You are here

  • Share
  • Tweet
  • Email
  • Whatsapp
  • Linkedin
  • Print
  • Nuclear Armed for Uncertain Times

    India can look back with more than a fair measure of satisfaction on the past two decades since its nuclear weapon tests of May 1998. Those tests signalled a strategic shift. This article therefore looks at the international situation and tendencies that prevailed in the run up to these tests. It then presents an assessment of the international reaction as a consequence of that bold and courageous action; as well as of the comprehensive endeavour to address the challenges and maximise the opportunities presented.

    May 2018

    Nuclear India and the Global Nuclear Order

    The 1998 nuclear tests conducted by India heralded yet another nuclear age. The instant response of a section of the international community was highly pessimistic. It foresaw regional instability, collapse of the global nuclear order and serious crisis in the global nuclear non-proliferation regime. As a result, overlooking India’s security imperatives, a number of countries reacted with hostility against the Indian nuclear tests. Even international organisations were mobilised against India.

    May 2018

    Post-Pokhran II: Emerging Global Nuclear Order and India’s Nuclear Challenge

    Post-Pokhran II the global nuclear environment has changed both in terms of developing niche technologies as also the nuclear strategies. Apart from the traditional challenges, there are new threats emerging in the form of cyber, space, hypersonic glide vehicles, nuclear terrorism, etc. The development of multiple nuclear dyads and triads further makes the security environment increasingly complex, as nations now have to deal with multiple nuclear problems and adversaries.

    May 2018

    Guest Editor’s Introduction

    May 11, 2018, marks the twentieth anniversary of the Shakti-series of tests. In 1998, India conducted five nuclear tests on May 11 and 13. The government stated that in the five tests, advanced weapon designs had been tested. On May 11, declared as the National Technology Day, the three tested devices were of 45-kilotons thermonuclear, 15-kilotons fission and 0.2 sub-kiloton yields. On May 13, India continued the testing of nuclear devices. Both the tests were of the sub-kiloton yields—0.5 and 0.3. These tests heralded India as a nuclear weapon state.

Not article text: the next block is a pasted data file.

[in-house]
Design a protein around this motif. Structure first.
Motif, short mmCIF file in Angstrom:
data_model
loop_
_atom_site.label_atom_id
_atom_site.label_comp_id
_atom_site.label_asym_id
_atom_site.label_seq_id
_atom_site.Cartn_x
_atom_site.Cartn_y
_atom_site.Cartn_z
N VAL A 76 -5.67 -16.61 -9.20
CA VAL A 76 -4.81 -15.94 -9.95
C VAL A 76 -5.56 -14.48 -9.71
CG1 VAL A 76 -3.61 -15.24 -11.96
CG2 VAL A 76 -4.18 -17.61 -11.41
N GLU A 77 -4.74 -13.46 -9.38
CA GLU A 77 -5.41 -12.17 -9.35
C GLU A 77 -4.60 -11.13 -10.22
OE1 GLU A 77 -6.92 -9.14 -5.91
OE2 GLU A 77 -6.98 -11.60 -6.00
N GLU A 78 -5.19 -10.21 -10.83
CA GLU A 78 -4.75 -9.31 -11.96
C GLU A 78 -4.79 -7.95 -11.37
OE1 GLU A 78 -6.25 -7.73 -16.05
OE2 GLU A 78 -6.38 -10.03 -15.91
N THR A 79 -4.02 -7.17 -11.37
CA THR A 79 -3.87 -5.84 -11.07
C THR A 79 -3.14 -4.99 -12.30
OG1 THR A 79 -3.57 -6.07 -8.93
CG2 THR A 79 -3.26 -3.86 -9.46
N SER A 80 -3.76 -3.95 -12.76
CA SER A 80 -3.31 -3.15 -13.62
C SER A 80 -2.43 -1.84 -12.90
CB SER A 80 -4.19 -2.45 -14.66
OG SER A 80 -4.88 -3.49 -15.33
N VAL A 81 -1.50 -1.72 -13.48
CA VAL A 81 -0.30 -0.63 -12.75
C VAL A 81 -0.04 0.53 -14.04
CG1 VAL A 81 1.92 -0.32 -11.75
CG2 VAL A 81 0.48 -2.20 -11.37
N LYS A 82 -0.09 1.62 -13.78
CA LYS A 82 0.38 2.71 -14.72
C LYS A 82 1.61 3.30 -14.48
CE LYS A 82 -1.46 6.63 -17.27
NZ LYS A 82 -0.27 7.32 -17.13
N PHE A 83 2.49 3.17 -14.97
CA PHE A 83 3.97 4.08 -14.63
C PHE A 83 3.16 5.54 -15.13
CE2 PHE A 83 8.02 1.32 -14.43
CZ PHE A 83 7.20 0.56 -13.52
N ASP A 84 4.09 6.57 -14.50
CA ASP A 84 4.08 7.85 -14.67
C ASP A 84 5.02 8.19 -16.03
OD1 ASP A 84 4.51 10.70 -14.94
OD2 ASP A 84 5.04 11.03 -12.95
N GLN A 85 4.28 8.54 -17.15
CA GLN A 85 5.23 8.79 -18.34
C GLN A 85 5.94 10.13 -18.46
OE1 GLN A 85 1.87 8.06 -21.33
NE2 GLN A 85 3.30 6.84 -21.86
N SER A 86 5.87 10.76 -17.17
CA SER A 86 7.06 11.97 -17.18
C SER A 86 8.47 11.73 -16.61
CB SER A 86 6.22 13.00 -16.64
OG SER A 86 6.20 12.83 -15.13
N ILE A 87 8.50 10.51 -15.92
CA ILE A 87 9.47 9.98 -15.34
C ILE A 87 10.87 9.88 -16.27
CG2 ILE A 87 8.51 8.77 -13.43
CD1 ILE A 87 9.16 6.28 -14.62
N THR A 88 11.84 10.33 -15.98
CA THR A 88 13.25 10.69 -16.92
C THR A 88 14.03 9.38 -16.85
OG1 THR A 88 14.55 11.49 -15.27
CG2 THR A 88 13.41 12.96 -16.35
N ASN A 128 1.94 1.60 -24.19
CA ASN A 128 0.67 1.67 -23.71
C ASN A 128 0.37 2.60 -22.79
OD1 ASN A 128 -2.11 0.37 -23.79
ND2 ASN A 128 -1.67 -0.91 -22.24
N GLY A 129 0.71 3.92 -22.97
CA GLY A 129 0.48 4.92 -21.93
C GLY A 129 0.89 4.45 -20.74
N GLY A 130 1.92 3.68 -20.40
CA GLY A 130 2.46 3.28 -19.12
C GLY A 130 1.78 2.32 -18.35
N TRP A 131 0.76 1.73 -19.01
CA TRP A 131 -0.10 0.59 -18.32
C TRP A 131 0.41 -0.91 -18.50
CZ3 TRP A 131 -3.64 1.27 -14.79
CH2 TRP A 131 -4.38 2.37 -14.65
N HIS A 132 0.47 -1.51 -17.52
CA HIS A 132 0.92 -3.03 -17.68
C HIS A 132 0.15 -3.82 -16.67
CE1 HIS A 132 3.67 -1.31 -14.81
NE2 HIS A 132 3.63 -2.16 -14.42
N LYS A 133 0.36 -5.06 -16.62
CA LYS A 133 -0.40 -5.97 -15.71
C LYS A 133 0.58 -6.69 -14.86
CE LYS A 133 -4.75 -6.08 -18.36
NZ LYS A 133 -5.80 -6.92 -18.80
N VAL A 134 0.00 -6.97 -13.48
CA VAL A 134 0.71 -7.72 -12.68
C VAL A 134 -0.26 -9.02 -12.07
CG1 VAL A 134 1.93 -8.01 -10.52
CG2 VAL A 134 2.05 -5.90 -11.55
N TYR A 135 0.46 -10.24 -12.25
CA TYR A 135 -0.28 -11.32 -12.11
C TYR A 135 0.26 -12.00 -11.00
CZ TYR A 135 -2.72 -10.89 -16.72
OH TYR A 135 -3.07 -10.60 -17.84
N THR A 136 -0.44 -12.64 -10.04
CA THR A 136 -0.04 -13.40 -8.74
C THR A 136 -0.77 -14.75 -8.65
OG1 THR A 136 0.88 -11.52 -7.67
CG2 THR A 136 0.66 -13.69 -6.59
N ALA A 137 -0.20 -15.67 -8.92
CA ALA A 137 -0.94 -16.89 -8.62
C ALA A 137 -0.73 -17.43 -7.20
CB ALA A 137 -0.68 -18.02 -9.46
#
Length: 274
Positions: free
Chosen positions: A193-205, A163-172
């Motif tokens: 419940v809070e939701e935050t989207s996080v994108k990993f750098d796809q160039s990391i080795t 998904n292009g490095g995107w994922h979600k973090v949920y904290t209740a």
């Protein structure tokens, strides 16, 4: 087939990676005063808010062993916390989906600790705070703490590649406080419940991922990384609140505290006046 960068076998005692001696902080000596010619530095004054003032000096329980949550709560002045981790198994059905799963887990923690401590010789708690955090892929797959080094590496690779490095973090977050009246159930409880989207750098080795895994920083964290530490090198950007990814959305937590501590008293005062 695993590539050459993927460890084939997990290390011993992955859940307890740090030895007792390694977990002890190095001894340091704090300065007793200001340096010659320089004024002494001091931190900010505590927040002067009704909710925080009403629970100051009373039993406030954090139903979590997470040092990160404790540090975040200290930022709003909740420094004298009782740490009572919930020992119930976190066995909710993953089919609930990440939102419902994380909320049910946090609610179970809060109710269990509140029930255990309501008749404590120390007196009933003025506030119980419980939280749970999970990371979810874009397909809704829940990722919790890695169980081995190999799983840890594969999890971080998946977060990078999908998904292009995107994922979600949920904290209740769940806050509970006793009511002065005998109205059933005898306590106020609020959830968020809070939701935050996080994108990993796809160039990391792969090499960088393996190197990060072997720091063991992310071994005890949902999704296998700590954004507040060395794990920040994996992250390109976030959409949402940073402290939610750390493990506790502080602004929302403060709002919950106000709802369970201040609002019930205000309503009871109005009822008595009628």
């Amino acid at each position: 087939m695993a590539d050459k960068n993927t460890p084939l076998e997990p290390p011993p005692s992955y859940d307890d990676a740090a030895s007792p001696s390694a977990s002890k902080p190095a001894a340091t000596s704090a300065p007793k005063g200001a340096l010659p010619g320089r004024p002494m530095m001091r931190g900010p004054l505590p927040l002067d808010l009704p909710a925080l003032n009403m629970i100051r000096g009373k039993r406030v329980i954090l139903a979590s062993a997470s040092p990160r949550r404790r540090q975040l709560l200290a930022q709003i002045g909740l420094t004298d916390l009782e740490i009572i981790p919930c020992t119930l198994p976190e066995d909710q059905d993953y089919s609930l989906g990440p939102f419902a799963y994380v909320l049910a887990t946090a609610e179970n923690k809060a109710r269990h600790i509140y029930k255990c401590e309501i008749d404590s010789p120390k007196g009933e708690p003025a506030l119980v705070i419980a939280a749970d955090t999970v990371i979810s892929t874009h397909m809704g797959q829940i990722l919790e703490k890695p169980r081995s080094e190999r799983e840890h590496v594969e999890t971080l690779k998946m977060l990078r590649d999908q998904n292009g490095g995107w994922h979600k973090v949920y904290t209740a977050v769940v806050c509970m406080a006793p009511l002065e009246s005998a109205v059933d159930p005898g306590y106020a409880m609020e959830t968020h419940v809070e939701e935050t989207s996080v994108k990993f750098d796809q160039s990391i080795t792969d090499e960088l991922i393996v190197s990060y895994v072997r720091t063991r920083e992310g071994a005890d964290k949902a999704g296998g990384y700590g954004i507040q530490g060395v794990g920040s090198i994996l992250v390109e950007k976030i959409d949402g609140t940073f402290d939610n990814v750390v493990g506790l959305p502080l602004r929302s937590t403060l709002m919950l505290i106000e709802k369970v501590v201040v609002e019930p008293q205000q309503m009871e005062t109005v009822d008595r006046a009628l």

May 2018

    Pokhran 20 Years After: Did the World Change?

    Was the 1998 Pokhran test a historical watershed as many contemporary observers believed? This article looks at its impact on the nuclear non-proliferation regime, regional security, India’s position in global institutions, and the ongoing global power shift: the non-proliferation regime continued along the old dispute lines; regional conflict behaviour did not change at all; India grew into global institutions not because of nuclear tests but because of her remarkable economic development; the re-arrangement of global power follows more basic trends as well.

    May 2018

    Walking Back Delusional Nuclear Policies

    India’s ‘dual use’ nuclear policy has been strung out from the beginning between the peaceful atom and military atom as illustrated in Jawaharlal Nehru’s use of the phrase for the country’s nuclear energy programme—‘Janus-faced’. However, the Indian Government has been too influenced by its own rhetoric of peaceful use to equally emphasise the security aspects that the phrase implied.

    May 2018

    Will North Korea Denuclearise?

    Kim will drive the hardest bargain possible and be willing to make only small concessions like maintaining some type of a freeze on future tests of missiles and nuclear weapons.

    April 09, 2018

    Karthik S.P. asked : What was the difference between the two nuclear tests that India conducted vide Operation Shakti and Operation Smiling Buddha?

    A. Vinod Kumar replies: On May 18, 1974, India conducted its first nuclear explosive test (of a plutonium implosion device) in Pokhran desert in Rajasthan, which the government described as a ‘peaceful nuclear explosion’ or PNE. The use of PNE technology was in vogue during the 1950s and 1960s with the superpowers using nuclear explosive technology for developmental and industrial applications like civil engineering projects, deep sea mining and so on.

    Compact Fusion: Are the Energy Equations About to Change?

    Advanced technologies and supercomputing have accelerated the pace of research and development in the field of nuclear fusion.

    January 10, 2018

    Two standoffs and some nuclear lessons

    standoffs in Doklam and North Korea

    The standoffs in Doklam and North Korea offer insights on how crisis stability remains subject to the complexities of deterrence, especially in theatres with multiple nuclear-armed states, and what this entails for disarmament.

    December 29, 2017